Open access by law
Reading the BDN’s Nov. 17 article on Roxanne Quimby’s appointment made me chuckle. All the players use any excuse to expand or manipulate the system to achieve their goals. Quimby receives all the benefits the state has to offer but allows the public little, if any, benefit.
The Maine Forest Products Council states, “We can have all the recreational benefits of a forest while making sure it’s still productive for forest products.” Where is this now?
The people wanting a park want all of us to pay for something most of us will never be able to access. I think most of us are fed up paying the freight for these large landowners through tax breaks, only to be denied access for recreational purposes.
Call your representatives and senators and ask them to support “A Bill to Foster Economic Growth Through Increased Access to the People’s Assets.” It will require landowners who receive bargain basement assessment tree growth tax benefits to open dirt roads to public access. We’ve already paid the toll.
I am writing in response to your recent report on the tragic suicide of a transgender woman in Bangor. As a transgender person myself, I am outraged at the ignorance and insensitivity shown by your publication when reporting about this tragedy. Ms. Hilderbrand lived her life as a woman, and the insensitivity of your insistence on referring to her as “him” in your reporting is inconsiderate and sloppy.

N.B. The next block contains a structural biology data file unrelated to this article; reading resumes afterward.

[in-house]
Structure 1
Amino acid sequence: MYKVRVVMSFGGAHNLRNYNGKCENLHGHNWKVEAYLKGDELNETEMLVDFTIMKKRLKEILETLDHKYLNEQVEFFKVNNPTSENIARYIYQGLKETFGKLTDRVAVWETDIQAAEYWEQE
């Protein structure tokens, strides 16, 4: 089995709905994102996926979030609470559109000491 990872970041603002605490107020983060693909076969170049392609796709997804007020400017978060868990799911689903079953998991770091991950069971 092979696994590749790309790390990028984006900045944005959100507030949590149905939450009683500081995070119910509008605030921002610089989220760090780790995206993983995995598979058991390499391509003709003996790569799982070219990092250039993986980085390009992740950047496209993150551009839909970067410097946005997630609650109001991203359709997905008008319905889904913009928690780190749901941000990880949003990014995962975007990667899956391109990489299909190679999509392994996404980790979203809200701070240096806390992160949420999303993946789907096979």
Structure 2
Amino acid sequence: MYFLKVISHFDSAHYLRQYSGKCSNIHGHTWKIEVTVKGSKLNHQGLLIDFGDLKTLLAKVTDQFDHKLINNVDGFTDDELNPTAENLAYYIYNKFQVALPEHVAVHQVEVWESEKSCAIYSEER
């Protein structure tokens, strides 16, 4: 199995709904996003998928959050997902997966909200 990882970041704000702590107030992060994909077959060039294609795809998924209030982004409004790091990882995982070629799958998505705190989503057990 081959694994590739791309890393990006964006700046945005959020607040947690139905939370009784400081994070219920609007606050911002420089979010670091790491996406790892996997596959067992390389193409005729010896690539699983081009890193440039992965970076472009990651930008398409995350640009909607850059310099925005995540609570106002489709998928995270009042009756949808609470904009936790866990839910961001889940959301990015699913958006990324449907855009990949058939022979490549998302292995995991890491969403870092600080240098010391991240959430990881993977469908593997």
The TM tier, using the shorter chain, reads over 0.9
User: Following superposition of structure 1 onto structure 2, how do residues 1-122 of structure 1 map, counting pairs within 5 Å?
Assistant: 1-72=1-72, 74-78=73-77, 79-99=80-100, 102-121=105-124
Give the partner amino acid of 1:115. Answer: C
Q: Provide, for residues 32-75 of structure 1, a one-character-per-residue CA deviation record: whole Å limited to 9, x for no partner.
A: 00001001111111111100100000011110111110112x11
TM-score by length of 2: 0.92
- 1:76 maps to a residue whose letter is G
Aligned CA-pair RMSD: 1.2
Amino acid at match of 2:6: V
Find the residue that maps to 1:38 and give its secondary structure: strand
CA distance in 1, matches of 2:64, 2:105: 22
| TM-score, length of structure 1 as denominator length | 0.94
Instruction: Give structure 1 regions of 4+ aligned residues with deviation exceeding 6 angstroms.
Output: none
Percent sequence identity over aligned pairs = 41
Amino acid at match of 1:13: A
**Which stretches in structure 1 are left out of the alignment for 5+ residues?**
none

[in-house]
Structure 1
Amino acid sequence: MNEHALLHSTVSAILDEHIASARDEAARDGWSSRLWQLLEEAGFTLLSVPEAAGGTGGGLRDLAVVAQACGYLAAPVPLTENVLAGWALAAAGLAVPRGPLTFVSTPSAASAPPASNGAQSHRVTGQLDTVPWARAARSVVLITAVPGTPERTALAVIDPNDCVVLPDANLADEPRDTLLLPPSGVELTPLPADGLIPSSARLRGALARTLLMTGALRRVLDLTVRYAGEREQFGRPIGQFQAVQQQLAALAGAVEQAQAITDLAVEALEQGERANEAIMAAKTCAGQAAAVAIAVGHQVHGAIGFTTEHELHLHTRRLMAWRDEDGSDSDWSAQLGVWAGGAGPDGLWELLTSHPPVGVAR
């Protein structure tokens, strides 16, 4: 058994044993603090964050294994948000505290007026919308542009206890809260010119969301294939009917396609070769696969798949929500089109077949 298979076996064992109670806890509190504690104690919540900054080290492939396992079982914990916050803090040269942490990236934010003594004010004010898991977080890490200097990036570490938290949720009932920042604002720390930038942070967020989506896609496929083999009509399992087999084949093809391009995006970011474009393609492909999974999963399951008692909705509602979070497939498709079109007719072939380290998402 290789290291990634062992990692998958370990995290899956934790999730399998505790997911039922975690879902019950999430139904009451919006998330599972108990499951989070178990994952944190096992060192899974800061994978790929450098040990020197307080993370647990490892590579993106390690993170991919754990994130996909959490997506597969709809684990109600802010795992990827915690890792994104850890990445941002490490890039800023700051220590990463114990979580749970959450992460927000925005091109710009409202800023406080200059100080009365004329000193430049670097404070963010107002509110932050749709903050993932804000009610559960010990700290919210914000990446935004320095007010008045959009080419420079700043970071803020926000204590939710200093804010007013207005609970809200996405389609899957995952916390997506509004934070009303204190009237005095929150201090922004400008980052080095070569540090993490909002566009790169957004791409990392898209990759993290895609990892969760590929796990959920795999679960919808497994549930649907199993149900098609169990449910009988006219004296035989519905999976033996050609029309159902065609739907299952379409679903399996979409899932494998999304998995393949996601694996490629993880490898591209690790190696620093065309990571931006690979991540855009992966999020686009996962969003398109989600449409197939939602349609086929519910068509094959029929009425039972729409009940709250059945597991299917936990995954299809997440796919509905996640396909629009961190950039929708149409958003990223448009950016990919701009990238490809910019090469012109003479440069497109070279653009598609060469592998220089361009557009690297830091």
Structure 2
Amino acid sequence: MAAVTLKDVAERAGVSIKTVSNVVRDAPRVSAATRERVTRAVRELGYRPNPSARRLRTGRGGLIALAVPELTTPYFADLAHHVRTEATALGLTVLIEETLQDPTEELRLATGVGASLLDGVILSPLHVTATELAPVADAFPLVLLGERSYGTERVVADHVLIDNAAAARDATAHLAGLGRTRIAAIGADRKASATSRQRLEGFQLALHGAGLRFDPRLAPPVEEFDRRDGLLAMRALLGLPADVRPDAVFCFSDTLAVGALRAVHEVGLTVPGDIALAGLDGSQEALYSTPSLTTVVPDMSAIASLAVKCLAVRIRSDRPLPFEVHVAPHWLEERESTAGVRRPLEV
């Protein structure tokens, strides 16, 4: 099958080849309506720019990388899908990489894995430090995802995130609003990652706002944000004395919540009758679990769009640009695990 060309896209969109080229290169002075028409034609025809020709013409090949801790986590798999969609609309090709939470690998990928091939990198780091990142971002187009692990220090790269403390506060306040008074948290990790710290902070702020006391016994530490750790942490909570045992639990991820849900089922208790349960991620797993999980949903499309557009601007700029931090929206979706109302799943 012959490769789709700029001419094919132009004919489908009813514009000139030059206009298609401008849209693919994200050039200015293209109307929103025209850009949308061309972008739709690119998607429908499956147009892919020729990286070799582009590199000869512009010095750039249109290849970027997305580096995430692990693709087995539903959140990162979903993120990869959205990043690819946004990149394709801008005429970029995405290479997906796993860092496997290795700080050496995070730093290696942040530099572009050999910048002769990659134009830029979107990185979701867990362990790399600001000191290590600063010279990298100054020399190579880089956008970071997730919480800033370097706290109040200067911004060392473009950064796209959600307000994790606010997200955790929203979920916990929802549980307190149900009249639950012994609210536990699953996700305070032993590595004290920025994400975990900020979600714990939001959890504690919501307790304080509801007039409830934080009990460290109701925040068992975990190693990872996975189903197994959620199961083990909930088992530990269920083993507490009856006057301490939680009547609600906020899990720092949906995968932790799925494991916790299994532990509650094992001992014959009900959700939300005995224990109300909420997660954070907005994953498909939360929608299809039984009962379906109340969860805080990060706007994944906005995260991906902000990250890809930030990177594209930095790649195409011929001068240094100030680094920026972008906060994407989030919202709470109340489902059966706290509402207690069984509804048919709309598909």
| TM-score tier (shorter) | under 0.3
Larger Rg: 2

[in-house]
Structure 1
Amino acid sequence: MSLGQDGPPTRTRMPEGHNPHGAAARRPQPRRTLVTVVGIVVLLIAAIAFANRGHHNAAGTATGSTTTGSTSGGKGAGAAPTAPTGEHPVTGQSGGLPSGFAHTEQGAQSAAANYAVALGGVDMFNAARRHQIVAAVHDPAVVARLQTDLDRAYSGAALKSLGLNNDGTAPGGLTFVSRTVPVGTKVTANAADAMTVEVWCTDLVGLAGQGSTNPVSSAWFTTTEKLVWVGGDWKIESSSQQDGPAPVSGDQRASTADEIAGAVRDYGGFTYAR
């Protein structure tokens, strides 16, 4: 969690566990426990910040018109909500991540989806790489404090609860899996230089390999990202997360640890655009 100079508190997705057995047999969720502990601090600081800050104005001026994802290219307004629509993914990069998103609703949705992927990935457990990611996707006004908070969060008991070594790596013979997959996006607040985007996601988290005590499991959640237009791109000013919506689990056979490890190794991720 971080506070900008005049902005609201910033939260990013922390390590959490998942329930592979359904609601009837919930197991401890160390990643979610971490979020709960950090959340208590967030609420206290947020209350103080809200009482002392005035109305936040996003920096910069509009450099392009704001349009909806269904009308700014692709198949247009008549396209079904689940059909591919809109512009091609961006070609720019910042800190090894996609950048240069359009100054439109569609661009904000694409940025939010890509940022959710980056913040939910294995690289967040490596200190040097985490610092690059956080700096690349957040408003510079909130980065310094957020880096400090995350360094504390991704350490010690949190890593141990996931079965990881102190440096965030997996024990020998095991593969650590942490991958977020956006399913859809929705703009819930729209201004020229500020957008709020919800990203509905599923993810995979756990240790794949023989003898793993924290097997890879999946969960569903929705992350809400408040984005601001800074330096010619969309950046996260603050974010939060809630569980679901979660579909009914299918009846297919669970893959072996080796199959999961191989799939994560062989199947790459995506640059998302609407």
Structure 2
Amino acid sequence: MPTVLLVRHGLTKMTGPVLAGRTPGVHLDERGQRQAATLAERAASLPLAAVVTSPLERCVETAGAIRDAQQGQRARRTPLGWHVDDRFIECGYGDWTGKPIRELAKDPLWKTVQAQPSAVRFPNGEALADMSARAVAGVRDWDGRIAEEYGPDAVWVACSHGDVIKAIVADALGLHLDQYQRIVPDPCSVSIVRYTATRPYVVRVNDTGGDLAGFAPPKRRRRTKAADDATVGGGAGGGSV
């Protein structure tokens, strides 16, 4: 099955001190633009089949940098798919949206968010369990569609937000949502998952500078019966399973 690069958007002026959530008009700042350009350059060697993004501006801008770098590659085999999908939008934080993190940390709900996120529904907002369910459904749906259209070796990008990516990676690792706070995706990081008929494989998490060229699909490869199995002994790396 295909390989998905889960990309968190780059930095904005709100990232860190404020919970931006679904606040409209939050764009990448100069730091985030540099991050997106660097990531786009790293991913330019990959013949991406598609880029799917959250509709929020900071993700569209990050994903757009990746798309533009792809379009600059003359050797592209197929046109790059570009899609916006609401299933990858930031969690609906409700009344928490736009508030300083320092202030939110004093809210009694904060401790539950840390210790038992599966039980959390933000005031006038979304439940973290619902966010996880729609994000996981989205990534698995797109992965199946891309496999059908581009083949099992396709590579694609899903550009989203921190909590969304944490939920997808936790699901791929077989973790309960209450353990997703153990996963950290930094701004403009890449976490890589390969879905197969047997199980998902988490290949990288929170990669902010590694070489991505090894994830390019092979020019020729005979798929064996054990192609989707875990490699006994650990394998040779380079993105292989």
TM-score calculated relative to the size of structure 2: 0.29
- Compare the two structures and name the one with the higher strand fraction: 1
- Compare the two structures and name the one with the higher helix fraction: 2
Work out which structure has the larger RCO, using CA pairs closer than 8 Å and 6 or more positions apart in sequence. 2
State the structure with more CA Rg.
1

In the future, when your publication is reporting on a topic related to lesbian, gay, bisexual and especially transgender issues or subject matter, I would strongly encourage you to refer to the Stylebook Supplement put out by the National Lesbian and Gay Journalists Association and use the correct terminology.
We live in a time when LGBT people are too often victimized, alienated and maligned, and it does not further the dialogue or help alleviate matters when the press perpetuates the hate and reports in such a disrespectful manner.
If journalists are interested in education about this topic, I suggest consulting Maine Transgender Network, Inc. (mainetransnet.org). I am sure they will be delighted to bring the BDN up to speed on transgender etiquette in the press.
Snowballs, not baseballs
If Major League Baseball extends the playoff season any further (BDN, Nov. 18), the leagues will have to budget for snow shovels just as an extended college football bowl season will need a timeout for spring break.
Richard Mackin Jr.
Saddened by ‘progress’
I read in the Nov. 19 BDN that the city of Bangor’s plans for the new auditorium are shaping up and an architect’s drawing of the building is prepared. This may make some residents glad. I am sad.
It is obvious that the “footprint” of this edifice will march right across Paul Bunyan Park and its beautiful old bandstand. This is why I am sad. My wife and I have spent so many pleasant summer evenings sitting in that park listening to the Bangor Band play — one of our lives’ simple pleasures.